Star-Fired Beef

Steam Challenge – Bad Hotel

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This is part of my Steam Challenge Series (the full list is here).

Time played: 74 minutes.

Now, I should preface this by noting that I played both BEEP and Bad Hotel on impulse, simply because I had a) been thinking about the whole Steam Challenge thing for a while and it was pretty much on my mind every time I looked at my Steam library, and b) they were the games that I happened to have my cursor resting on when I felt that impulse become overwhelming enough to translate into action. I didn’t know much about them other than BEEP was a platformer, and Bad Hotel was a music-driven tower defence game ported from mobile. I’d picked them both up in bundles, and so I had no real expectations of them being super exciting.

It’s just as well, because while BEEP just bored me by not standing out in any way, Bad Hotel actively drove me away.

Let’s start with what I did like. I found the cashflow mechanic to be an interesting change from previous tower defence games I’ve played. The convention I’ve seen is that you gain the money you use to place defences, by destroying the waves of enemies that are trying steal your stuff or get past you. The longer you take to destroy those enemies, the slower you accumulate cash, which can hamper your effectiveness in the long term. You also cannot lose your towers once you’ve placed them (though you can usually manually dismantle them to free up space or get around unit limits). Plants vs Zombies used resource-generating towers to fuel your defence, which quite frankly just meant that you really needed to spam those towers at the beginning to ramp up into a good economy, and if they died it was tough to recover. Bad Hotel goes in a slightly different direction by having your core building (which is your win/loss condition: if it is destroyed you fail the level) pulse every second or two, which generates cash from each room attached to it. The rooms that provide your actual defence (guns, minelayers, etc) give you very little cash per pulse, so you need to buy the “sunflower” rooms to be able to replace the rooms you will lose to enemies, in a timely manner. Add in the fact that those rooms also double as the walls protecting your core, and things get rather interesting.

The art style was fine, at times it kind of reminded me of early South Park animation – Mecha Streisand would not be out of place at all as a boss. Some of the enemies were pretty cute, like angry clouds shooting lighting bolts at you.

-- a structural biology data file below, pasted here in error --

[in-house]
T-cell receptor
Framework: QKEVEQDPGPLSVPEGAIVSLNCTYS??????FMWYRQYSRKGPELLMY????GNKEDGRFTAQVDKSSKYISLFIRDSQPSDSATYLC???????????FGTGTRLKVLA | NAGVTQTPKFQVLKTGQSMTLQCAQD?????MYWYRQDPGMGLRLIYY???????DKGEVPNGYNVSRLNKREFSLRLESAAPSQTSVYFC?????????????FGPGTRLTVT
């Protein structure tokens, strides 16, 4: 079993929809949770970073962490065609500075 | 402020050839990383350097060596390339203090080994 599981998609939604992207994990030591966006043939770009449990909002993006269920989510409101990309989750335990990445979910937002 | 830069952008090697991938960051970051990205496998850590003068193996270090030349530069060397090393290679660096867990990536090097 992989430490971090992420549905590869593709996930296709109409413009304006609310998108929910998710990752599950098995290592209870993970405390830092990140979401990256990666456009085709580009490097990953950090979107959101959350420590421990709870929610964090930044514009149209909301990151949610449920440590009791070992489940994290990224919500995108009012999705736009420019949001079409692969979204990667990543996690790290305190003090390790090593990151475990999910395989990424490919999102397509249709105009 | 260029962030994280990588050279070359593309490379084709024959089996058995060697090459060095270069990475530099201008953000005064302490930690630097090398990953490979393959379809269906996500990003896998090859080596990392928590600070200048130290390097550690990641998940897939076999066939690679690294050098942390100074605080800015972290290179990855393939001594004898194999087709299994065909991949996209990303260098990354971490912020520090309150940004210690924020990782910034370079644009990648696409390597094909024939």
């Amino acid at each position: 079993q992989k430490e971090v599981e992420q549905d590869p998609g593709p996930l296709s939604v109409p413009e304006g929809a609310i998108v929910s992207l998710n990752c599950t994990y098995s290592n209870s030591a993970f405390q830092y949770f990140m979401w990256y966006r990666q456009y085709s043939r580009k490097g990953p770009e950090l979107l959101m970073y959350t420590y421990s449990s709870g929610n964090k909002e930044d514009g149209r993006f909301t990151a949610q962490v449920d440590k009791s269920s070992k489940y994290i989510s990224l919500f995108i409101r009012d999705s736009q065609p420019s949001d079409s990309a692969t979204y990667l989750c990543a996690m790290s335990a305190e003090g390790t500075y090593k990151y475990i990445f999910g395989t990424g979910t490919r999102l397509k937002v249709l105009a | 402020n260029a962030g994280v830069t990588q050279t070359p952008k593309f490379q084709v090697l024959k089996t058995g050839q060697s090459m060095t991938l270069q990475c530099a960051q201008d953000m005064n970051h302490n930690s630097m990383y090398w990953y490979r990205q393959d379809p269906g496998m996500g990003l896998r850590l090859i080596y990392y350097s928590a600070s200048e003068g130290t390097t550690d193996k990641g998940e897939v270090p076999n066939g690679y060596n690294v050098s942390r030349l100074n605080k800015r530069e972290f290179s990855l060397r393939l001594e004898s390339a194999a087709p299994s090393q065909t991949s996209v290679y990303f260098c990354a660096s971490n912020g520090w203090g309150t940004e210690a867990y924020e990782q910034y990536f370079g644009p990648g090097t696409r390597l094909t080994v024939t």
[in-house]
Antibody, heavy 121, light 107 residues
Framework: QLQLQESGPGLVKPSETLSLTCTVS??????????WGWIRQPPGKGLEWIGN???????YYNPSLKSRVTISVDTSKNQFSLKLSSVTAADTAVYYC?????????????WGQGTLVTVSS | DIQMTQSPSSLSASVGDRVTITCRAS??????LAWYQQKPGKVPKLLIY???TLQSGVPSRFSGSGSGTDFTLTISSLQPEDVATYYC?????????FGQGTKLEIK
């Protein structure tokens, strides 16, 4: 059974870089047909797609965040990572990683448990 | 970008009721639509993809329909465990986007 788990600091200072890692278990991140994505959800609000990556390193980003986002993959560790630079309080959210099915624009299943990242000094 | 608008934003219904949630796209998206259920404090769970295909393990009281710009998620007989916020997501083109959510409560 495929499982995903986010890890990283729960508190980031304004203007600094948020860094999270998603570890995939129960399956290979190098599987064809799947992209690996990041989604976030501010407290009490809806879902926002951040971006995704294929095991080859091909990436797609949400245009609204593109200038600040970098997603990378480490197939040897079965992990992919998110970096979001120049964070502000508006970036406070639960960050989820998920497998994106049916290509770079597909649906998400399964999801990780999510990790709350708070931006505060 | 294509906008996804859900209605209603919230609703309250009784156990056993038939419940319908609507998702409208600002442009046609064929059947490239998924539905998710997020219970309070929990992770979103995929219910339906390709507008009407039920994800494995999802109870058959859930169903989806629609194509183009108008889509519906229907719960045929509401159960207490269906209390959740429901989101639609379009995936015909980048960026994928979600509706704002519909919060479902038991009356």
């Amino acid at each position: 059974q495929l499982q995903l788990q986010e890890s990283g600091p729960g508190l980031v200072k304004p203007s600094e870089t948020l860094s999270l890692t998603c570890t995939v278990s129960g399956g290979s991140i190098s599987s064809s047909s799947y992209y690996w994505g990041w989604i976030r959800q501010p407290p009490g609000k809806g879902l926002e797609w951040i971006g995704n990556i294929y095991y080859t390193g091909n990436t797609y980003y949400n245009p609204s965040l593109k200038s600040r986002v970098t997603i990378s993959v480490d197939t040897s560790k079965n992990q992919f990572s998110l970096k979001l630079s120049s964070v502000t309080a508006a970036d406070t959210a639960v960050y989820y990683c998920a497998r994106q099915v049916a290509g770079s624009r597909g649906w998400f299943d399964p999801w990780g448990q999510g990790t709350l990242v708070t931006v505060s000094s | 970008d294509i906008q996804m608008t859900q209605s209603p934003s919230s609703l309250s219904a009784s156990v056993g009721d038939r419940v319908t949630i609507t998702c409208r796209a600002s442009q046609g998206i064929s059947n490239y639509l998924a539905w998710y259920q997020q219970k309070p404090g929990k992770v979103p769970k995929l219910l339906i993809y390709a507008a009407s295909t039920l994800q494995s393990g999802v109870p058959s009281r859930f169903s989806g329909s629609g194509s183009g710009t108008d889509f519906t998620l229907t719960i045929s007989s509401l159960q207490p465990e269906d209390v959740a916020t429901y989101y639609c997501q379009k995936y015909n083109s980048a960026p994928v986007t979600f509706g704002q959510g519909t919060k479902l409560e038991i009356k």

Unfortunately I struggled to overcome my gripes with it, and in the end I couldn’t. I got to the stage where I had healing rooms, which restored some of the health of other rooms at regular intervals, and that is where my frustration came to a head. Over the course of several attempts at several levels I tried figuring out how those damn healing rooms worked, but it seemed too random to plan around. Sometimes I thought the heal pulsed through all damaged rooms, other times I thought maybe they were limited by range, or number of rooms healed per pulse, or or or…I gave up trying to work out how they operated. There was no immediately obvious help explaining how they worked, so I decided it was too much effort for too little reward to keep going when I don’t understand what I’m doing.

I say that that was where my frustration came to a head, and that’s because it had been rising steadily as I got further into the game. There was a distinct and surprising jump in difficulty at one point, where I’d been casually dominating my way through the levels with little effort. Suddenly there was a lot more to deal with. Sadly though, the prime “strategy” that seemed to work was just chucking rooms out willy-nilly as fast as cashflow would allow. There seemed to be little chance to plan an optimal configuration at all, other than repeating the level over and over. Other frustrations included rooms “falling off” when a nearby room was destroyed. At first I thought it was just rooms built of top of the destroyed one that fell off, but nooooo, sometimes they were fine while rooms below fell off instead. There were problems with mines, where enemies would move straight through them without setting them off, yet other times they’d blow up as soon as an enemy got into proximity.

All this I might have powered through and persevered for a few more hours, possibly until the end. However, that damn core pulse. It was horrible. This was the “music-driven” part of the game that I’d been interested in exploring, and it was a huge letdown when I realised what it amounted to. The core pulses, with a certain tone. That pulse spreads throughout your hotel, and each room produces it’s own tone depending on it’s type. Maybe it’s distance from the core as well? I couldn’t tell. I guess the idea behind it is that different hotel configurations will give you different tonal progressions which add up to unique “tunes” every time you play. That sounds good in theory, but in practice it just drove me mad. I could not deal with the repetitiveness of it. It was the final nail in the coffin for me and this game.

So, sadly I cannot recommend Bad Hotel. Many people seem to like it, though, so perhaps I was just doing it wrong. C’est la vie.

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5 thoughts on “Steam Challenge – Bad Hotel

  1. Pingback: What I Played: Steam Challenge! | Star-Fired Beef

  2. I’ve never heard of this game, but from the description, it doesn’t sound like the type of game I’d enjoy, either. Thanks for playing it so that I don’t need to! XD

  3. What a strange game trailer…

    I love the Steam Challenge idea, looking forward to more reviews.

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